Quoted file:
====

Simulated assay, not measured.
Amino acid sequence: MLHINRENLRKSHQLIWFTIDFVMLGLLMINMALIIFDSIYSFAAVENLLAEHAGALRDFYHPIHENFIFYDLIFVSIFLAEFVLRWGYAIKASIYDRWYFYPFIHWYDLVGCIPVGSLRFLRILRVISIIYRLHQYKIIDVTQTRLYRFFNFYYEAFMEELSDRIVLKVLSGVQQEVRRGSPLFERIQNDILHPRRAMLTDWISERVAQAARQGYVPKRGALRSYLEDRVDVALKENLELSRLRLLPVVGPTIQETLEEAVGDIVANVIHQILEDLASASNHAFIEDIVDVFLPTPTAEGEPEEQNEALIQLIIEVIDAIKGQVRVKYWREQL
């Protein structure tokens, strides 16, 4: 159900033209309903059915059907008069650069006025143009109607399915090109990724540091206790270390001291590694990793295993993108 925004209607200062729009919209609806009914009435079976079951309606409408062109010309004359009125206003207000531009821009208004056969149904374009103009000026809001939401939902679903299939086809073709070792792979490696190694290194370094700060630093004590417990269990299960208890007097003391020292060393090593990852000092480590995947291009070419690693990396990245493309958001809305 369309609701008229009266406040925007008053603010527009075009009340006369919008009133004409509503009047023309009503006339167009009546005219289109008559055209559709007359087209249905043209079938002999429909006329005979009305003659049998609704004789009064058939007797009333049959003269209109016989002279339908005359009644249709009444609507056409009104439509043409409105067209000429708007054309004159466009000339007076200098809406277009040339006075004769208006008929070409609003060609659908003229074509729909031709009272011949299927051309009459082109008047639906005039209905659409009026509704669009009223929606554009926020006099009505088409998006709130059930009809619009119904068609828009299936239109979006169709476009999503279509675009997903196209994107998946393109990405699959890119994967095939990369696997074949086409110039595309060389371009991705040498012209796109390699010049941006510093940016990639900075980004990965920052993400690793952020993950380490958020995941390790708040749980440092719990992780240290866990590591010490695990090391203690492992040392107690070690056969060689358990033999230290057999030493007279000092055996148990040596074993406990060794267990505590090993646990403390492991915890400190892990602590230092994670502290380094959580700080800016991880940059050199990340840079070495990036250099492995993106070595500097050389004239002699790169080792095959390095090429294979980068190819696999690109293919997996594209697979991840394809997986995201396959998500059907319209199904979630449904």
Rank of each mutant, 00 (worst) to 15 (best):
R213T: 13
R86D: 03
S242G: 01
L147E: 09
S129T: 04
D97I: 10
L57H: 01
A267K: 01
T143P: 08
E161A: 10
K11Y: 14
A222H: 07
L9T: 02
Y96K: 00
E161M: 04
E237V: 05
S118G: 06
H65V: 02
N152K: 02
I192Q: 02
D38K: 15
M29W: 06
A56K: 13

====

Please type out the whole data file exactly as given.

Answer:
Simulated assay, not measured.
Amino acid sequence: MLHINRENLRKSHQLIWFTIDFVMLGLLMINMALIIFDSIYSFAAVENLLAEHAGALRDFYHPIHENFIFYDLIFVSIFLAEFVLRWGYAIKASIYDRWYFYPFIHWYDLVGCIPVGSLRFLRILRVISIIYRLHQYKIIDVTQTRLYRFFNFYYEAFMEELSDRIVLKVLSGVQQEVRRGSPLFERIQNDILHPRRAMLTDWISERVAQAARQGYVPKRGALRSYLEDRVDVALKENLELSRLRLLPVVGPTIQETLEEAVGDIVANVIHQILEDLASASNHAFIEDIVDVFLPTPTAEGEPEEQNEALIQLIIEVIDAIKGQVRVKYWREQL
């Protein structure tokens, strides 16, 4: 159900033209309903059915059907008069650069006025143009109607399915090109990724540091206790270390001291590694990793295993993108 925004209607200062729009919209609806009914009435079976079951309606409408062109010309004359009125206003207000531009821009208004056969149904374009103009000026809001939401939902679903299939086809073709070792792979490696190694290194370094700060630093004590417990269990299960208890007097003391020292060393090593990852000092480590995947291009070419690693990396990245493309958001809305 369309609701008229009266406040925007008053603010527009075009009340006369919008009133004409509503009047023309009503006339167009009546005219289109008559055209559709007359087209249905043209079938002999429909006329005979009305003659049998609704004789009064058939007797009333049959003269209109016989002279339908005359009644249709009444609507056409009104439509043409409105067209000429708007054309004159466009000339007076200098809406277009040339006075004769208006008929070409609003060609659908003229074509729909031709009272011949299927051309009459082109008047639906005039209905659409009026509704669009009223929606554009926020006099009505088409998006709130059930009809619009119904068609828009299936239109979006169709476009999503279509675009997903196209994107998946393109990405699959890119994967095939990369696997074949086409110039595309060389371009991705040498012209796109390699010049941006510093940016990639900075980004990965920052993400690793952020993950380490958020995941390790708040749980440092719990992780240290866990590591010490695990090391203690492992040392107690070690056969060689358990033999230290057999030493007279000092055996148990040596074993406990060794267990505590090993646990403390492991915890400190892990602590230092994670502290380094959580700080800016991880940059050199990340840079070495990036250099492995993106070595500097050389004239002699790169080792095959390095090429294979980068190819696999690109293919997996594209697979991840394809997986995201396959998500059907319209199904979630449904």
Rank of each mutant, 00 (worst) to 15 (best):
R213T: 13
R86D: 03
S242G: 01
L147E: 09
S129T: 04
D97I: 10
L57H: 01
A267K: 01
T143P: 08
E161A: 10
K11Y: 14
A222H: 07
L9T: 02
Y96K: 00
E161M: 04
E237V: 05
S118G: 06
H65V: 02
N152K: 02
I192Q: 02
D38K: 15
M29W: 06
A56K: 13